Governor Asa Hutchinson on Tuesday announced that the statewide mask mandate, which required Arkansans to wear face masks in most public settings, would be lifted effective immediately.
Alongside the announcement came Hutchinson’s declaration that any Arkansans age 16 or older may now get a COVID vaccine.
“This will obviously increase the demand for the vaccines. It may take some time to get the appointment that you want. But we’re opening it up because we want to make sure we maximize every opportunity to get this life-saving vaccine into the arms of Arkansans,” Hutchinson said.
The governor cited a decline in case numbers and hospitalizations as reason for lifting the mask mandate.
On February 26, he outlined criteria the state would have to meet in order for the mandate to be lifted: either a seven-day positivity rate lower than 10% with an average of 7,500 tests conducted daily, or, if fewer test results returned than that, under 750 hospitalizations due to COVID statewide.
“We’re far, far below (750 hospitalizations). So by the criteria that we set, it’s appropriate to lift the statewide mask mandate,” Hutchinson said Tuesday.
He noted, however, that it is likely many businesses will continue to require masks to enter the establishment, and many individuals are likely to continue to choose to wear a mask in their everyday life. He urged Arkansans to be respectful of others’ choices and requests from businesses that patrons mask up before entrance.
“Please be respectful and mindful that while the mask mandate is lifted, there will be many that will continue to wear it. Many businesses will continue to require it - be respectful of that,” he said. “If you don’t want to comply with that, you have options to go somewhere else. That’s what it means when you lift a mandate: that individuals can make responsible decisions, as well as businesses. We just need to honor those decisions.”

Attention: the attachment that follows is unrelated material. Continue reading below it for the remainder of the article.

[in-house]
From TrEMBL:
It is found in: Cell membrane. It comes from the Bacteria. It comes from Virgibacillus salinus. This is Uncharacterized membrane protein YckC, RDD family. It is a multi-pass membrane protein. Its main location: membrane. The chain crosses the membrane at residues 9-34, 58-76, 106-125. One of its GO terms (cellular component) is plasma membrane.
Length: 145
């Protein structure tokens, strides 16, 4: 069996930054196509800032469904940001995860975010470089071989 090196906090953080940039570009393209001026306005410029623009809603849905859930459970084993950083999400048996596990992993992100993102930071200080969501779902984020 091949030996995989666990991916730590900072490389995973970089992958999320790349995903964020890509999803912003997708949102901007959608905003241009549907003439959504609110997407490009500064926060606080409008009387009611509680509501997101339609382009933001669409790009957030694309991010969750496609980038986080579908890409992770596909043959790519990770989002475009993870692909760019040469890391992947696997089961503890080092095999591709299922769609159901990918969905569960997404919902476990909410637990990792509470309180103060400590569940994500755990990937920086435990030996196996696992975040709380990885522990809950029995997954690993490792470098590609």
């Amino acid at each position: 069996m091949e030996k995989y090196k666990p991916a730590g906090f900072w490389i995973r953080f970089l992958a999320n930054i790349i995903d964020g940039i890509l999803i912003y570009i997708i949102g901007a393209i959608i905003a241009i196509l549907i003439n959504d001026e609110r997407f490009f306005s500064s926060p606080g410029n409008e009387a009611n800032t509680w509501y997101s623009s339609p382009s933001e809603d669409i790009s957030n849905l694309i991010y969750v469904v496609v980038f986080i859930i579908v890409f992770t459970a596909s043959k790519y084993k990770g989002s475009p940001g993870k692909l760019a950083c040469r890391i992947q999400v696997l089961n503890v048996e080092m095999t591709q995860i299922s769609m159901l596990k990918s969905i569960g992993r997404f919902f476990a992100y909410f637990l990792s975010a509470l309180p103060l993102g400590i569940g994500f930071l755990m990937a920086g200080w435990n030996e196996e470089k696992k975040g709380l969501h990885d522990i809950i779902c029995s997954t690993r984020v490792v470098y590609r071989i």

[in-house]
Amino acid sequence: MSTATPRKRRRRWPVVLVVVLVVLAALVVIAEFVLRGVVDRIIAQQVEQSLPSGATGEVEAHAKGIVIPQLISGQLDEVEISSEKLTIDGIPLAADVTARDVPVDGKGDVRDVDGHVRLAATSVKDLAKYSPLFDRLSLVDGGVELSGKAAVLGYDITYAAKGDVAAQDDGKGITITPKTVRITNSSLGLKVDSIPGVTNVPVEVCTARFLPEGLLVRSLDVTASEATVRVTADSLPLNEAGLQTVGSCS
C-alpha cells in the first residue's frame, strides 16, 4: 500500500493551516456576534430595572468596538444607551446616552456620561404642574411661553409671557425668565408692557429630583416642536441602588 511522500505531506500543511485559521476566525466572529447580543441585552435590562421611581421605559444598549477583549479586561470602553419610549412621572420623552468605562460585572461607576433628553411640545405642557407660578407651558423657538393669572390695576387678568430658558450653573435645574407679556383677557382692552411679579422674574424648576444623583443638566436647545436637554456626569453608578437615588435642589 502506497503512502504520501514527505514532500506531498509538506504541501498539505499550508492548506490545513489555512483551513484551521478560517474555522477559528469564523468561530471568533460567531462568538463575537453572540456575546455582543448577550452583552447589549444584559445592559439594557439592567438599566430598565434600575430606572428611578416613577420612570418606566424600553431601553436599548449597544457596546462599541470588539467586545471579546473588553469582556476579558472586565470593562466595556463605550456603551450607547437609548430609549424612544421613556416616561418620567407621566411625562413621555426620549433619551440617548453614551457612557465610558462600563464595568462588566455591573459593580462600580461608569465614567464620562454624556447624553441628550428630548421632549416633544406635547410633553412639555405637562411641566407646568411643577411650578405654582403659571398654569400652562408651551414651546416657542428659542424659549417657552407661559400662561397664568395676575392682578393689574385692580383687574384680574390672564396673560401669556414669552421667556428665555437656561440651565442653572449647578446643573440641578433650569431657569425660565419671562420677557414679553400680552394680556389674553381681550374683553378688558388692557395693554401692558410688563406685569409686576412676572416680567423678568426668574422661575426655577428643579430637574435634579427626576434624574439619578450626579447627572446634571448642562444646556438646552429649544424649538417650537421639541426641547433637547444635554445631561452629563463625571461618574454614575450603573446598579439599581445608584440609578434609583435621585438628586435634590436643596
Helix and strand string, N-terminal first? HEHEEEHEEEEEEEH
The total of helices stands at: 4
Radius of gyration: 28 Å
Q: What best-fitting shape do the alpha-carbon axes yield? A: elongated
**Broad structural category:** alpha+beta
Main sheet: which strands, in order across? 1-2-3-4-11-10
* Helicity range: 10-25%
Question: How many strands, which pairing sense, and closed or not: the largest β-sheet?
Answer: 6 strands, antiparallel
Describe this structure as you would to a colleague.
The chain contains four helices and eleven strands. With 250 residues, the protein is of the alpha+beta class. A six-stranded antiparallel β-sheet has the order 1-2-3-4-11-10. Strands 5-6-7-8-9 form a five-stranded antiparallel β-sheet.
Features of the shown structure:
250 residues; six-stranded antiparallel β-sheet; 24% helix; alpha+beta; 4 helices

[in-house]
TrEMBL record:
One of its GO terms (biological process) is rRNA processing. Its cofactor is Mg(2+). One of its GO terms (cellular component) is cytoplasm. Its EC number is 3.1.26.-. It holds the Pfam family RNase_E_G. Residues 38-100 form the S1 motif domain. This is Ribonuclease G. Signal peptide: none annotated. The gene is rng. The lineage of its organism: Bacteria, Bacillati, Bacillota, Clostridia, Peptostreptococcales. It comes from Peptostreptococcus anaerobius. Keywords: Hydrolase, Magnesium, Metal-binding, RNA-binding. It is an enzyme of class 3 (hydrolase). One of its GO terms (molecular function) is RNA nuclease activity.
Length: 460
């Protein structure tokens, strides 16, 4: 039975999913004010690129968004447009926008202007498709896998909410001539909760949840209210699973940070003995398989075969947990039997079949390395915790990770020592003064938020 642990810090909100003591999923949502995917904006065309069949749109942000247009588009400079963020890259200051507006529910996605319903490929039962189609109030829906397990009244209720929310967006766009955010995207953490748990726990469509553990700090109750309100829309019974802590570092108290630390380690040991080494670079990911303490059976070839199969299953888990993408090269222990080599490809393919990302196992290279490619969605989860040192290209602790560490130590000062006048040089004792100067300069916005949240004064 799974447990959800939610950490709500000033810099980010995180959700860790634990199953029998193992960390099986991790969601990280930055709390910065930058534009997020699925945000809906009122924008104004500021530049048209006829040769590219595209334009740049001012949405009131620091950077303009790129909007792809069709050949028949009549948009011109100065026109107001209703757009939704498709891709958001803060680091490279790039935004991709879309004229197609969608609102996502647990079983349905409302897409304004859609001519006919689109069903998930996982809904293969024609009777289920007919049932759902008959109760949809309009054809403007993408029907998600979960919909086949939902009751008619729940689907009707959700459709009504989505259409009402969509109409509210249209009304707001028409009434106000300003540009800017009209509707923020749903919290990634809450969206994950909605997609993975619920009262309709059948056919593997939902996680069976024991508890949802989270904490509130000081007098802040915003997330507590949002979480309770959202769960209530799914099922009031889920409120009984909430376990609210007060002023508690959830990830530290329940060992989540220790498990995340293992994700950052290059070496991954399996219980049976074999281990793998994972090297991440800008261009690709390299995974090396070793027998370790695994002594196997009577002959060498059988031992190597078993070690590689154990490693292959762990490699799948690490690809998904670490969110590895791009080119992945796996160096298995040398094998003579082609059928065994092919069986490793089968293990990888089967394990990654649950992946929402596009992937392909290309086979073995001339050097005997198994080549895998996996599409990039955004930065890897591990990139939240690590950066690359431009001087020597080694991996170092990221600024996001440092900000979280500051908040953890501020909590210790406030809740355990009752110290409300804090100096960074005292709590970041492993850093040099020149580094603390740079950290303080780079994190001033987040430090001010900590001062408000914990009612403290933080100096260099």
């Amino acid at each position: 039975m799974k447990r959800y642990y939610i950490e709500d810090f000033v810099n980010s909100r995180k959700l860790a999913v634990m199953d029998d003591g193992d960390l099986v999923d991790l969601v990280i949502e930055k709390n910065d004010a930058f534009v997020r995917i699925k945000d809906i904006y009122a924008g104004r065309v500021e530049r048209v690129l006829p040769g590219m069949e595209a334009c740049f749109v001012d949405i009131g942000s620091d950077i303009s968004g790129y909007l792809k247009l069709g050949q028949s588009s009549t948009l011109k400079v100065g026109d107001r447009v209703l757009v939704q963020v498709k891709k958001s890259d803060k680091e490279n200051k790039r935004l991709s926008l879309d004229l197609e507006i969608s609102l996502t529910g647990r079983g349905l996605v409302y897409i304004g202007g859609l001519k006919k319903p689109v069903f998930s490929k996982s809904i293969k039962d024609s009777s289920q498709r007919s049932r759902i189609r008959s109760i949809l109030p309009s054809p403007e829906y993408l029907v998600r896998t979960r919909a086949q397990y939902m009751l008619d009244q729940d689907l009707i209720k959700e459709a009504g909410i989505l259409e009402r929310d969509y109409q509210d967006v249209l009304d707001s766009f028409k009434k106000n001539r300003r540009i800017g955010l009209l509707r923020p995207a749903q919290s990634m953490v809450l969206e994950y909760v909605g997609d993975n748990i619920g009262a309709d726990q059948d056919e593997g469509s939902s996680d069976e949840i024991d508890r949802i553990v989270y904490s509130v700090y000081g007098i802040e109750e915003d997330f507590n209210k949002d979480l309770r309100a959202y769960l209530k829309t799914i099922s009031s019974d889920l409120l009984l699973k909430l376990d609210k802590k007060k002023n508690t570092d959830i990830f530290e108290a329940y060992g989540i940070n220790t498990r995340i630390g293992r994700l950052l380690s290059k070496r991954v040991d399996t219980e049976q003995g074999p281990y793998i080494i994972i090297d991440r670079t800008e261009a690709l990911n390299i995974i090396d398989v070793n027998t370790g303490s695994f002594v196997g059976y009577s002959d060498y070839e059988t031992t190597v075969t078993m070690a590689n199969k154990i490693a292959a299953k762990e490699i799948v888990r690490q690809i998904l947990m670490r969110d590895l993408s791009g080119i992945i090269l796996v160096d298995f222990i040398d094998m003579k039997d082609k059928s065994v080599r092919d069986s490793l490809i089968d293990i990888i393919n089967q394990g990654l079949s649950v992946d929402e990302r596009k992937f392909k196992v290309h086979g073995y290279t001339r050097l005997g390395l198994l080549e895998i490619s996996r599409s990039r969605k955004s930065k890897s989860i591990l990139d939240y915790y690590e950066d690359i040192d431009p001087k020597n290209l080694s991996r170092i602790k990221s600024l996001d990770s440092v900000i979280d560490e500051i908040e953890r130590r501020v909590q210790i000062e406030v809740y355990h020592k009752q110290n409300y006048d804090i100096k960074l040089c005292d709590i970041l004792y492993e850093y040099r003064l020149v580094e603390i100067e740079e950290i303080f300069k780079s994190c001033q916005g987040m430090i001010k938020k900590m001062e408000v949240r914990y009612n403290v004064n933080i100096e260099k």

As for Hutchinson, the mask will continue to be a part of his daily attire, he said.
“This mask that I wore in here today, I will continue to have that available. That will continue to be part of my wardrobe as I leave the house and go to work every day because there will be many times during that day that I will wear the mask,” Hutchinson said. “While I’ve been vaccinated, it’s important to be courteous to others and to be mindful that we need to protect ourselves and others. So common sense should govern.”
Dr. Jose Romero, Arkansas Department of Health Secretary, echoed the sentiment, noting that Arkansas isn’t out of the woods of the pandemic quite yet, and with case numbers rising nationally, including in neighboring states, it’s important that Arkansans not become lax in following health guidelines related to COVID.
“I will continue to wear my mask whenever I leave the house and whenever I’m with someone else. It is important that we do so in order to keep these numbers low,” Romero said. “We are not isolated. What happens around us eventually reaches us. Just like we didn’t see our first case for many weeks into the pandemic - these growing numbers of cases outside of the state will eventually get here if we are not careful.”
Hutchinson also noted that local school boards will be able to decide whether masks continue to be required for students. Department of Education Secretary Johnny Key said that districts are required to post on their website any modifications to their Ready for Learning plans, which were mandated in the fall for a return to on-site and virtual instruction after long school cancellations in the 2019/2020 school year, by April 15.